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|Title:||Ontolinguistics: An outline||Contributor(s):||Schalley, Andrea (author); Zaefferer, D (author)||Publication Date:||2007||Handle Link:||https://hdl.handle.net/1959.11/2340||Abstract:||Current progress in linguistic theorizing is more and more informed by cross-linguistic investigation. Comparison of languages relies crucially on those concepts which are essentially the same across human minds, cultures, and languages, and which therefore can be activated through the use of any human language. These instances of mental universals join other less common concepts to constitute a complex structure in our minds, a network of cross-connected conceptualizations of the phenomena that make up our world. Following more and more widespread usage we call such a system of conceptualizations an 'ontology', and we submit that the most reliable basis for any cross-linguistic research lies in the common core of the different individual human ontologies. This is the basic tenet of all approaches that can properly be called ontology-based linguistics or 'ontolinguistics' for short. While concept activations depend on episodic linguistic and non-linguistic stimuli and therefore are subject to permanent change, recorded in short-term memory, the conceptual system itself, after its development, differentiation, and stabilization in the ontogeny of each agent, l is assumed to be relatively stable and stored in long-term memory. Therefore, the emphasis of ontolinguistic research is less on processing than on structure. The initial idea behind the present volume is to further instigate progress in linguistics by asking a rather underexplored question: What is the relation between the ontologies in our minds and the languages we participate in?||Publication Type:||Book Chapter||Source of Publication:||Ontolinguistics: how ontological status shapes the linguistic coding of concepts, p. 3-22||Publisher:||Mouton de Gruyter||Place of Publication:||Berlin, Germany||ISBN:||9783110189971||Field of Research (FOR):||200408 Linguistic Structures (incl Grammar, Phonology, Lexicon, Semantics)||HERDC Category Description:||B1 Chapter in a Scholarly Book||Other Links:||http://nla.gov.au/anbd.bib-an41019345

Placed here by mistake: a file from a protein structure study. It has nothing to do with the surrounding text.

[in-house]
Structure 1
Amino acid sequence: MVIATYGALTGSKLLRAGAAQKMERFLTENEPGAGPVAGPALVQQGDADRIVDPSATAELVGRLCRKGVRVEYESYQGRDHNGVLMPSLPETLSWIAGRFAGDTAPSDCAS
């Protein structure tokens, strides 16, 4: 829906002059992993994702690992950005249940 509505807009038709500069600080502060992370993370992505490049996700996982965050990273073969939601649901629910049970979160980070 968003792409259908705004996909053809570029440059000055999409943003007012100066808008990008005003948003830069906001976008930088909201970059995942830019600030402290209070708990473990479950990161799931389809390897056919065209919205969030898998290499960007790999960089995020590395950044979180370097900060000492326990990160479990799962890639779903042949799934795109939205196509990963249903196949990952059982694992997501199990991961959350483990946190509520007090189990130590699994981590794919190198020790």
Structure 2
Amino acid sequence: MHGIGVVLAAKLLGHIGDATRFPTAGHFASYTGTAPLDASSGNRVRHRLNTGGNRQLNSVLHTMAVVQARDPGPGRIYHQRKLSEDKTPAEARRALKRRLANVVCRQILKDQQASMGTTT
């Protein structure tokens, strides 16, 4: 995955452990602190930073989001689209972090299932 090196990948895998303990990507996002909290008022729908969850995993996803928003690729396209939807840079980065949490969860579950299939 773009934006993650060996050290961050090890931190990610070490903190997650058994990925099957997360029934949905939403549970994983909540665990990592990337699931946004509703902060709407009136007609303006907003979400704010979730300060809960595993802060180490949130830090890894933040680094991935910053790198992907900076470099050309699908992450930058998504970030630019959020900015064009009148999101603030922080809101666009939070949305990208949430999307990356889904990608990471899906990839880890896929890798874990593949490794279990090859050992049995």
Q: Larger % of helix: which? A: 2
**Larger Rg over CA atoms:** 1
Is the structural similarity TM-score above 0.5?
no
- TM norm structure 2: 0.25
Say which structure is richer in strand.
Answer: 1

|Series Name:||Trends in linguistics. Studies and monographs||Series Number :||176||Statistics to Oct 2018:||Visitors: 199
|Appears in Collections:||Book Chapter|
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